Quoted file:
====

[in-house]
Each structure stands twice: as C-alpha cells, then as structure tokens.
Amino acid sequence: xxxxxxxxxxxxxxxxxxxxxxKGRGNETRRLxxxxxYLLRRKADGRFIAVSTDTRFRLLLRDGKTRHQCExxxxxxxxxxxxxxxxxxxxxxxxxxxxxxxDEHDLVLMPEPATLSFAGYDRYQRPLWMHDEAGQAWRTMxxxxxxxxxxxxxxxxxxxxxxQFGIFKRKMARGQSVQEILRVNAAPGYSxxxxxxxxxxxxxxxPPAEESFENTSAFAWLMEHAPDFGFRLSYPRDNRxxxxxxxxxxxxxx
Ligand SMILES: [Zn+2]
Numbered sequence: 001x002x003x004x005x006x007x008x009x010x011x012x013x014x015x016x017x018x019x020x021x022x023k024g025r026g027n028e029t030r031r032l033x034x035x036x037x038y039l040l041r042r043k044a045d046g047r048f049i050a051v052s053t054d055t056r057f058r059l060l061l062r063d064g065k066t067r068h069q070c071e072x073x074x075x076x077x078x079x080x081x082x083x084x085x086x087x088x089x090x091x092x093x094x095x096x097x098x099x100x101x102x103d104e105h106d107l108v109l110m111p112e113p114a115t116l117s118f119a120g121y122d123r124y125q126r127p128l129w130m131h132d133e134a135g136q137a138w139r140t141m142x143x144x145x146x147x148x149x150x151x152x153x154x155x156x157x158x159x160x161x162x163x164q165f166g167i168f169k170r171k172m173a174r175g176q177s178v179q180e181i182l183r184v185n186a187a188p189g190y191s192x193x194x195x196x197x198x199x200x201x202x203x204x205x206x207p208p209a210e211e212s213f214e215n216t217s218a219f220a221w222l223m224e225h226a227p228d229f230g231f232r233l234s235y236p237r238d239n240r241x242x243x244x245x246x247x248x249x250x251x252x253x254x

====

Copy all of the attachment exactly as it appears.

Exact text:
[in-house]
Each structure stands twice: as C-alpha cells, then as structure tokens.
Amino acid sequence: xxxxxxxxxxxxxxxxxxxxxxKGRGNETRRLxxxxxYLLRRKADGRFIAVSTDTRFRLLLRDGKTRHQCExxxxxxxxxxxxxxxxxxxxxxxxxxxxxxxDEHDLVLMPEPATLSFAGYDRYQRPLWMHDEAGQAWRTMxxxxxxxxxxxxxxxxxxxxxxQFGIFKRKMARGQSVQEILRVNAAPGYSxxxxxxxxxxxxxxxPPAEESFENTSAFAWLMEHAPDFGFRLSYPRDNRxxxxxxxxxxxxxx
Ligand SMILES: [Zn+2]
Numbered sequence: 001x002x003x004x005x006x007x008x009x010x011x012x013x014x015x016x017x018x019x020x021x022x023k024g025r026g027n028e029t030r031r032l033x034x035x036x037x038y039l040l041r042r043k044a045d046g047r048f049i050a051v052s053t054d055t056r057f058r059l060l061l062r063d064g065k066t067r068h069q070c071e072x073x074x075x076x077x078x079x080x081x082x083x084x085x086x087x088x089x090x091x092x093x094x095x096x097x098x099x100x101x102x103d104e105h106d107l108v109l110m111p112e113p114a115t116l117s118f119a120g121y122d123r124y125q126r127p128l129w130m131h132d133e134a135g136q137a138w139r140t141m142x143x144x145x146x147x148x149x150x151x152x153x154x155x156x157x158x159x160x161x162x163x164q165f166g167i168f169k170r171k172m173a174r175g176q177s178v179q180e181i182l183r184v185n186a187a188p189g190y191s192x193x194x195x196x197x198x199x200x201x202x203x204x205x206x207p208p209a210e211e212s213f214e215n216t217s218a219f220a221w222l223m224e225h226a227p228d229f230g231f232r233l234s235y236p237r238d239n240r241x242x243x244x245x246x247x248x249x250x251x252x253x254x